Retraction Watch wrote an interesting post this week about the partial retraction of a 2007 article because the authors could not provide the original research data. The retraction concerns a figure in which two panels appear to show the same information. Because the authors could not provide the original data to either prove or disprove this concern, the figure was retracted.
What matters here is not whether or not there was an actual error (we don’t know the answer), but that the absence of original research data led to a retraction. In how many other cases has there been concern about research results that can’t be addressed for lack of original data? Retraction is one possible outcome in such situations and this should raise an alarm for many researchers.
All of this leads to a very interesting question: for how long does a researcher need to retain their original data after the corresponding article is published?
The article in question would put that time at at least 6 years, but it’s not always clear what the ideal number should be. Even when you can find explicit retention policies, you’ll likely find different time durations in each policy. The many examples below illustrate how varied data retention policies are.
Data Retention Policies
One source for retention policies is universities, which are perhaps the most heterogeneous retention policy type. For example, the University of Kentucky expects their researchers to keep data “for a period of five years after publication or submission of the final report […], whichever is longer” (source), while Northwestern University data “must be retained for a minimum of three years after the financial report for the project period has been submitted” (source). These university policies really run the gamut. I’ve seen universities that mandate data retention for at least 7 years, universities have no research data policies at all, and universities that do not provide a clear retention time even though they have other data policies.
Funders are another source for data retention policies. The Engineering directorate of the NSF states that the mandated retention time “is three years after conclusion of the award or three years after public release, whichever is later” (pdf source). NIH also expects its fundees to keep records for at least three years after the final grant report is submitted (source). Outside the US, many UK funders have required retention times of at least 10 years (pdf source) and the Australian Code for the Responsible Conduct of Research stipulates a general data retention time of 5 years, which increases to 15 years for clinical data (pdf source).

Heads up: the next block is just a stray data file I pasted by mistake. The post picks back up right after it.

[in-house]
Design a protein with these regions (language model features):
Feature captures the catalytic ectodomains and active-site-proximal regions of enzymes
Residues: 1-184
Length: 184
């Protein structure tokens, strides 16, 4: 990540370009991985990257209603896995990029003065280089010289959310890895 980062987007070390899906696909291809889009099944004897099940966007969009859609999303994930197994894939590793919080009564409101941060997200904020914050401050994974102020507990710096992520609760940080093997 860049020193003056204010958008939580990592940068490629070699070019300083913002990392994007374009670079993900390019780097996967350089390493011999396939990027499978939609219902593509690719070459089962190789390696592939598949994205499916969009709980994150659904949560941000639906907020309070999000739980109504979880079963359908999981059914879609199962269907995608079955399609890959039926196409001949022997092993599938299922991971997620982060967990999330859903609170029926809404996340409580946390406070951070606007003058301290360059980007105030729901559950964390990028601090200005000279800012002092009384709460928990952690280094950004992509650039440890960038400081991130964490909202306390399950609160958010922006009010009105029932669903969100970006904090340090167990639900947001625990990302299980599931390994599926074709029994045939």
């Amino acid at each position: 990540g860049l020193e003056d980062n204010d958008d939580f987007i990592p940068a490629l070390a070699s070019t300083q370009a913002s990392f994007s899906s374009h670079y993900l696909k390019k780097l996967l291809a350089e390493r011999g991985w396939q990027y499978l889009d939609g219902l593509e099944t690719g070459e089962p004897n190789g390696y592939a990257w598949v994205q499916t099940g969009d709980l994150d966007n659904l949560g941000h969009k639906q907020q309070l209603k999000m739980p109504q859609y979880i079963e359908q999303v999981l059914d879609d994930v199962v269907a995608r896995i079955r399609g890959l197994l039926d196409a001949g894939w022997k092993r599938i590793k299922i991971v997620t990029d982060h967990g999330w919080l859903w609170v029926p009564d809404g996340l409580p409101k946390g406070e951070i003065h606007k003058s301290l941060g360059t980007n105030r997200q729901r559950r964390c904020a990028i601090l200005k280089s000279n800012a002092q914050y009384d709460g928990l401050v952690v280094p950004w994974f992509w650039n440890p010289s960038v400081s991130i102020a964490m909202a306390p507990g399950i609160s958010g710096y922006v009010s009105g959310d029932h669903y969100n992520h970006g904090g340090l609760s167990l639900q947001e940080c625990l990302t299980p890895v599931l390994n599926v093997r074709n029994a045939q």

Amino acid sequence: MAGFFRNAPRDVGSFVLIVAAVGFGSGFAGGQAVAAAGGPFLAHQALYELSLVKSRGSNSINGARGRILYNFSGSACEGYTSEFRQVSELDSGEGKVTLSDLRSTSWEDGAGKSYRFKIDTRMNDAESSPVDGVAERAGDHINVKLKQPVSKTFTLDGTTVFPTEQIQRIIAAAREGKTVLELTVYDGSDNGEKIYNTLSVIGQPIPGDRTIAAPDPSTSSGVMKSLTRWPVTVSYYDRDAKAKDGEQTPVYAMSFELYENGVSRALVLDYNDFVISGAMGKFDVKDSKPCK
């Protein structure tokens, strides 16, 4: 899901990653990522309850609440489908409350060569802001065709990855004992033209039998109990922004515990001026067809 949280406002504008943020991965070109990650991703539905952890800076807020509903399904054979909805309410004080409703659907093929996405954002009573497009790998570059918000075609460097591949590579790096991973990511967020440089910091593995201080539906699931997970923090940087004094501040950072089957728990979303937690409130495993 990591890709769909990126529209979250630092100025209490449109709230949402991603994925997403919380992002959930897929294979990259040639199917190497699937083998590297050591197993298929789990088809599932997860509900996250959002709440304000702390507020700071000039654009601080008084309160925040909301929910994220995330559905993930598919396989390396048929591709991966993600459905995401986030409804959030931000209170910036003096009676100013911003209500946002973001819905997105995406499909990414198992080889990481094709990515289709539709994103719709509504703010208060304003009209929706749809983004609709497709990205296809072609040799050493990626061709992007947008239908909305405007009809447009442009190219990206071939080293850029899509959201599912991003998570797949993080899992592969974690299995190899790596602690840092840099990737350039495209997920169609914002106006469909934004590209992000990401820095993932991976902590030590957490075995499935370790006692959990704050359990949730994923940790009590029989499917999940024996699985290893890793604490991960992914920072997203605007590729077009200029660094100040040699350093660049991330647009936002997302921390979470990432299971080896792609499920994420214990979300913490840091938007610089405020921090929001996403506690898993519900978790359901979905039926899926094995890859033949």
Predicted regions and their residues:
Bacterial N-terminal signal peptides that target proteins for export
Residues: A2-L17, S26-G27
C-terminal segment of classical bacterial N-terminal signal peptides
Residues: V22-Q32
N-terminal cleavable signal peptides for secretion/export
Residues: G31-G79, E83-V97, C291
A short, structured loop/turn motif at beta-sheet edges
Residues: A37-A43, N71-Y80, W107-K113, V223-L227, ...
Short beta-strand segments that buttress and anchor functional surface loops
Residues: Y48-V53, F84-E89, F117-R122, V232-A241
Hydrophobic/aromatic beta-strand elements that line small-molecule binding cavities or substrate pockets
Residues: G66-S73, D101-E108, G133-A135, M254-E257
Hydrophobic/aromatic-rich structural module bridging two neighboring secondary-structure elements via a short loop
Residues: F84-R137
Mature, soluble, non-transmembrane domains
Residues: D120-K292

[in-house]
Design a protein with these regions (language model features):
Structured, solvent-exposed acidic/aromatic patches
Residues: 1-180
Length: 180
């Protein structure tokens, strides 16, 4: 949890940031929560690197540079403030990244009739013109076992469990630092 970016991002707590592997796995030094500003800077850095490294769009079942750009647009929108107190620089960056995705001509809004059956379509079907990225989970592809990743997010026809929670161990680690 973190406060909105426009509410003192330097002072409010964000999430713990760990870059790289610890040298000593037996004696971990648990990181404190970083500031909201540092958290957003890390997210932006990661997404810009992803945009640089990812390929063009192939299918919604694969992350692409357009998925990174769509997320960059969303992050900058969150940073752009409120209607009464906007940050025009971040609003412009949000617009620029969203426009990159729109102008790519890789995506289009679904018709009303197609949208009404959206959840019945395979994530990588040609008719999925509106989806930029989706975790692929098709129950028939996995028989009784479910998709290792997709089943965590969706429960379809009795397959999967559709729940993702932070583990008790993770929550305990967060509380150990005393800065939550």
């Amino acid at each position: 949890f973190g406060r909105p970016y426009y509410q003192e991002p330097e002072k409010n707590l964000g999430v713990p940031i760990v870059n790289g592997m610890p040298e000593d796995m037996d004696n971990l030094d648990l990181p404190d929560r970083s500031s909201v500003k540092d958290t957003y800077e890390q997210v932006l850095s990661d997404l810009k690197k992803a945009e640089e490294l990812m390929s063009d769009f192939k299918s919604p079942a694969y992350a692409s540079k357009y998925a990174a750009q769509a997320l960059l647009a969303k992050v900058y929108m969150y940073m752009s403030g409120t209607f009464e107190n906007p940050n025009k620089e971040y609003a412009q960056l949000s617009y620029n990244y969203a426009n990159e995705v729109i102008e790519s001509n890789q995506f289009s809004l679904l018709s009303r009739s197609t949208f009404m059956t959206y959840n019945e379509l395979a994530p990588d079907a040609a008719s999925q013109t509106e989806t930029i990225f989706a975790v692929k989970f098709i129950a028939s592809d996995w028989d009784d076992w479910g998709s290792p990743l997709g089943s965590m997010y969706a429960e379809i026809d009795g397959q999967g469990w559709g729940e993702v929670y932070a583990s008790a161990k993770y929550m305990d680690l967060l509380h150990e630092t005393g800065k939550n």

Finally, several US government groups have policies on research data retention. The OMB circular A-110 from the White House states that data “shall be retained for a period of three years from the date of submission of the final expenditure report” (source). The Office of Research Integrity (ORI) states that three years is a commonly cited number, but it’s often not that simple (source). Case in point, a recent ORI investigation apparently set a 6-year limit on addressing research misconduct (source), meaning that you should really keep your data around for at least 6 years post-publication.
In some sense, journals have the ultimate power in the data retention issue because, even if your funder states a retention time of three years, the journal may expect you to produce the data 6 or more years post-publication or risk retraction. So even though the majority of journals do not have explicit data retention policies, they’re the entity setting the retention duration by asking you to prove the original data many years post-publication. This means that you should err on the side of longer retention times.
Some Final Thoughts
What conclusions can we draw from this mess of numbers? First, if you are conducting federally funded research in the US, you must keep data for three years after the completion of the grant at the absolute minimum. In practice, you should keep your data for longer.
Based on the highlighted retraction and the policies described above, I would say that the minimum time you need to keep your data around is currently somewhere between 6 and 10 years post-publication. This may change in the future. I will also note that any data being used in misconduct investigations or ligation (as for patents, etc.) should be retained for a longer period of time.
I would love to put a definite number on data retention, but there is obviously no easy answer. What is clear is that keeping your data on hand can help dispel charges of scientific misconduct and will satisfy requirements from your funder/university/etc. Plus, you never know when you will need to use a piece of old research data for a current project.
As the value of data continues to increase and data sharing becomes more prevalent, I suspect that long-term retention of digital data will just become a normal part of the research process. Until then, you should keep your research data on hand for a good long time.